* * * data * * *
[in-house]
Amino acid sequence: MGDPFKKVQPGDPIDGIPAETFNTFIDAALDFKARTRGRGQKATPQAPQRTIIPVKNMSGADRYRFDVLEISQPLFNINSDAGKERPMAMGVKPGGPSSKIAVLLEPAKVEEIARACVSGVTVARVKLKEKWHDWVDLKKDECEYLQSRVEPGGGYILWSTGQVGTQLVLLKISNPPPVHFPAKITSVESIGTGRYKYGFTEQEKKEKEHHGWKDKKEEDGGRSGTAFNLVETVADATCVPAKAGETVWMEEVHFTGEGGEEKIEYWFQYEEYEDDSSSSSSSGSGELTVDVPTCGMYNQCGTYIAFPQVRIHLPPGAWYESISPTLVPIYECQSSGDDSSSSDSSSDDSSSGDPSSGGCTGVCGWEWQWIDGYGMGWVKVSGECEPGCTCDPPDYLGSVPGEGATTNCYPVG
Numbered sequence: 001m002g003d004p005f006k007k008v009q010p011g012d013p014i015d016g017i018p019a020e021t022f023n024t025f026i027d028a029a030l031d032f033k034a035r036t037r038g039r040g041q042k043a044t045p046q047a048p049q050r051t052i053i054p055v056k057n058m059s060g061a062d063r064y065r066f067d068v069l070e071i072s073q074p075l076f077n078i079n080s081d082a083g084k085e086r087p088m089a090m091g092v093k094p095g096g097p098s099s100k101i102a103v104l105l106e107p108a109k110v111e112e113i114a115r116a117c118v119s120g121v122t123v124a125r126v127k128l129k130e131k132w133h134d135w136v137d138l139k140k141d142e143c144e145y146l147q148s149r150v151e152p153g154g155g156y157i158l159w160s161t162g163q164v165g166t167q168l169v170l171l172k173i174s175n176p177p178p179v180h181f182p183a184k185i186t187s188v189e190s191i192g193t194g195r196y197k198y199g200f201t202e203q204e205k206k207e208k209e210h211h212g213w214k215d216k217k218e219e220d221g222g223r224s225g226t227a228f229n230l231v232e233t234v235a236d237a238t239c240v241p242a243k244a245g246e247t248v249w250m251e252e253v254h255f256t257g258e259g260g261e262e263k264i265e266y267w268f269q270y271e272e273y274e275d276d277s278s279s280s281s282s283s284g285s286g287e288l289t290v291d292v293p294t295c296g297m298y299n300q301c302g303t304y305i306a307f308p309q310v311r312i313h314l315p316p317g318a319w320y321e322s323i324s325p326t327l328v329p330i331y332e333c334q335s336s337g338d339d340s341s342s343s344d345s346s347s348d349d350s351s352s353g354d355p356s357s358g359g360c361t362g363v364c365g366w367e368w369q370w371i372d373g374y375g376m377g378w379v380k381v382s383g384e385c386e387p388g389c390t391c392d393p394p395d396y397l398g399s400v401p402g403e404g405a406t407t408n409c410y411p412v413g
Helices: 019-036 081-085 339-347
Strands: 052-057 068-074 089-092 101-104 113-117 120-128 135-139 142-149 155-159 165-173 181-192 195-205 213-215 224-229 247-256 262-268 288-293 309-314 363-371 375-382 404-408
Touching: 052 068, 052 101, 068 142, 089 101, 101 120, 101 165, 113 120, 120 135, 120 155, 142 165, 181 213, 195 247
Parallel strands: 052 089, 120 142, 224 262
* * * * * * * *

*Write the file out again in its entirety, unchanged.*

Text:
[in-house]
Amino acid sequence: MGDPFKKVQPGDPIDGIPAETFNTFIDAALDFKARTRGRGQKATPQAPQRTIIPVKNMSGADRYRFDVLEISQPLFNINSDAGKERPMAMGVKPGGPSSKIAVLLEPAKVEEIARACVSGVTVARVKLKEKWHDWVDLKKDECEYLQSRVEPGGGYILWSTGQVGTQLVLLKISNPPPVHFPAKITSVESIGTGRYKYGFTEQEKKEKEHHGWKDKKEEDGGRSGTAFNLVETVADATCVPAKAGETVWMEEVHFTGEGGEEKIEYWFQYEEYEDDSSSSSSSGSGELTVDVPTCGMYNQCGTYIAFPQVRIHLPPGAWYESISPTLVPIYECQSSGDDSSSSDSSSDDSSSGDPSSGGCTGVCGWEWQWIDGYGMGWVKVSGECEPGCTCDPPDYLGSVPGEGATTNCYPVG
Numbered sequence: 001m002g003d004p005f006k007k008v009q010p011g012d013p014i015d016g017i018p019a020e021t022f023n024t025f026i027d028a029a030l031d032f033k034a035r036t037r038g039r040g041q042k043a044t045p046q047a048p049q050r051t052i053i054p055v056k057n058m059s060g061a062d063r064y065r066f067d068v069l070e071i072s073q074p075l076f077n078i079n080s081d082a083g084k085e086r087p088m089a090m091g092v093k094p095g096g097p098s099s100k101i102a103v104l105l106e107p108a109k110v111e112e113i114a115r116a117c118v119s120g121v122t123v124a125r126v127k128l129k130e131k132w133h134d135w136v137d138l139k140k141d142e143c144e145y146l147q148s149r150v151e152p153g154g155g156y157i158l159w160s161t162g163q164v165g166t167q168l169v170l171l172k173i174s175n176p177p178p179v180h181f182p183a184k185i186t187s188v189e190s191i192g193t194g195r196y197k198y199g200f201t202e203q204e205k206k207e208k209e210h211h212g213w214k215d216k217k218e219e220d221g222g223r224s225g226t227a228f229n230l231v232e233t234v235a236d237a238t239c240v241p242a243k244a245g246e247t248v249w250m251e252e253v254h255f256t257g258e259g260g261e262e263k264i265e266y267w268f269q270y271e272e273y274e275d276d277s278s279s280s281s282s283s284g285s286g287e288l289t290v291d292v293p294t295c296g297m298y299n300q301c302g303t304y305i306a307f308p309q310v311r312i313h314l315p316p317g318a319w320y321e322s323i324s325p326t327l328v329p330i331y332e333c334q335s336s337g338d339d340s341s342s343s344d345s346s347s348d349d350s351s352s353g354d355p356s357s358g359g360c361t362g363v364c365g366w367e368w369q370w371i372d373g374y375g376m377g378w379v380k381v382s383g384e385c386e387p388g389c390t391c392d393p394p395d396y397l398g399s400v401p402g403e404g405a406t407t408n409c410y411p412v413g
Helices: 019-036 081-085 339-347
Strands: 052-057 068-074 089-092 101-104 113-117 120-128 135-139 142-149 155-159 165-173 181-192 195-205 213-215 224-229 247-256 262-268 288-293 309-314 363-371 375-382 404-408
Touching: 052 068, 052 101, 068 142, 089 101, 101 120, 101 165, 113 120, 120 135, 120 155, 142 165, 181 213, 195 247
Parallel strands: 052 089, 120 142, 224 262